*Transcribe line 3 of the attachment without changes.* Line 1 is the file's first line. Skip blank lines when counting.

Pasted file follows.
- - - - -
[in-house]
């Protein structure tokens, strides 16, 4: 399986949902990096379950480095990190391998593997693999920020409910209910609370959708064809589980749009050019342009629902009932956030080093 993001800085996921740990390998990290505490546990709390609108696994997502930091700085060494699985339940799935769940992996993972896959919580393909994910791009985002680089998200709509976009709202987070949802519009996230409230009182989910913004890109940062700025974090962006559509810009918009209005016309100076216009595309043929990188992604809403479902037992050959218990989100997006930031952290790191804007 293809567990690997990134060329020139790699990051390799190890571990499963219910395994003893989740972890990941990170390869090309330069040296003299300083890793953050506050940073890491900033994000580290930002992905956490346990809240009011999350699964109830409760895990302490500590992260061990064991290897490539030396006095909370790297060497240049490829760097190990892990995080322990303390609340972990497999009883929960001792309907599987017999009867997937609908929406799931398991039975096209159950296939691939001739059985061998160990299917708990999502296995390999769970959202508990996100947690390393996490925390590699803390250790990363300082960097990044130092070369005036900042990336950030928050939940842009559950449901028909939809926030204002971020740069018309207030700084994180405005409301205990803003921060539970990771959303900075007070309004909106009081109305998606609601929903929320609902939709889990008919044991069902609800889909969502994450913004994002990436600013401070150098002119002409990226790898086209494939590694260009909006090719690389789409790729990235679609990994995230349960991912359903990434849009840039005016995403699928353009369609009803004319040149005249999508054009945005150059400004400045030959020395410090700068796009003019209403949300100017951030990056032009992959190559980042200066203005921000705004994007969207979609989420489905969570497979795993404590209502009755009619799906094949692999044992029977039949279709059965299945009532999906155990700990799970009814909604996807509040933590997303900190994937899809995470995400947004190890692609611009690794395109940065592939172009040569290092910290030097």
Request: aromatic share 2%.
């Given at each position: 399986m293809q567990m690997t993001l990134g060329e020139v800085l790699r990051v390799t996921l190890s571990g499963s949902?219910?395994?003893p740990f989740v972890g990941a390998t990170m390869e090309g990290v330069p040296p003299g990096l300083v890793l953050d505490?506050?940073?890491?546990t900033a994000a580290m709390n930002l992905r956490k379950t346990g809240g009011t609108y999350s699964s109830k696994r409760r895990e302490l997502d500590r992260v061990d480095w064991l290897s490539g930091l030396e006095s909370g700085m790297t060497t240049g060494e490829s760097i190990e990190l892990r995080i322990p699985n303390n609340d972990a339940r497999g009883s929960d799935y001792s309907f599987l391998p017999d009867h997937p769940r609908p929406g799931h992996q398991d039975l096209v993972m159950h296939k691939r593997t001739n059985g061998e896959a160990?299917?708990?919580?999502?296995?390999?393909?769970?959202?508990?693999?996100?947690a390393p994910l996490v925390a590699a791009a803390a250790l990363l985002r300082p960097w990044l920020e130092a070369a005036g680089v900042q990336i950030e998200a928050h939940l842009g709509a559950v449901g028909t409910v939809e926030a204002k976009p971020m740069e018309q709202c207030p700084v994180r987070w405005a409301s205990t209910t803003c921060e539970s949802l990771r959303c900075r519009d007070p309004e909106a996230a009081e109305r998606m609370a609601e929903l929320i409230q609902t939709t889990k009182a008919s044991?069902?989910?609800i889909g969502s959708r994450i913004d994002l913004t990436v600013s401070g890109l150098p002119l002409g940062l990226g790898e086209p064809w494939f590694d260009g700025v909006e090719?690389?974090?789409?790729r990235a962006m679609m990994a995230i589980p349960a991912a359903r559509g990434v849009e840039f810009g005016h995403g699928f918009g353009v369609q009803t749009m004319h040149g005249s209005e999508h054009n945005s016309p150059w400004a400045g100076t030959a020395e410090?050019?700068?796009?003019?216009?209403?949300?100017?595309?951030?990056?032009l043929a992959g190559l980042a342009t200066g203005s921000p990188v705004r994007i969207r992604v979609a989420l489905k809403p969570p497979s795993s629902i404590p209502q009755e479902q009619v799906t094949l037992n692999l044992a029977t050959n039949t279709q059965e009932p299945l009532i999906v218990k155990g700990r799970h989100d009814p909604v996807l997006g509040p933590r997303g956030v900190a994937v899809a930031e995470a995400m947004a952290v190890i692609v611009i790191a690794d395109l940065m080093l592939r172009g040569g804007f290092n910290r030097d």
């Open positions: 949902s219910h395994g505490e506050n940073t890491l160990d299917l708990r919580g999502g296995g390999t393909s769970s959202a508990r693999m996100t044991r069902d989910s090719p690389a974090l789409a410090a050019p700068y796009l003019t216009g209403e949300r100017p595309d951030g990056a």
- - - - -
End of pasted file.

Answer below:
Request: aromatic share 2%.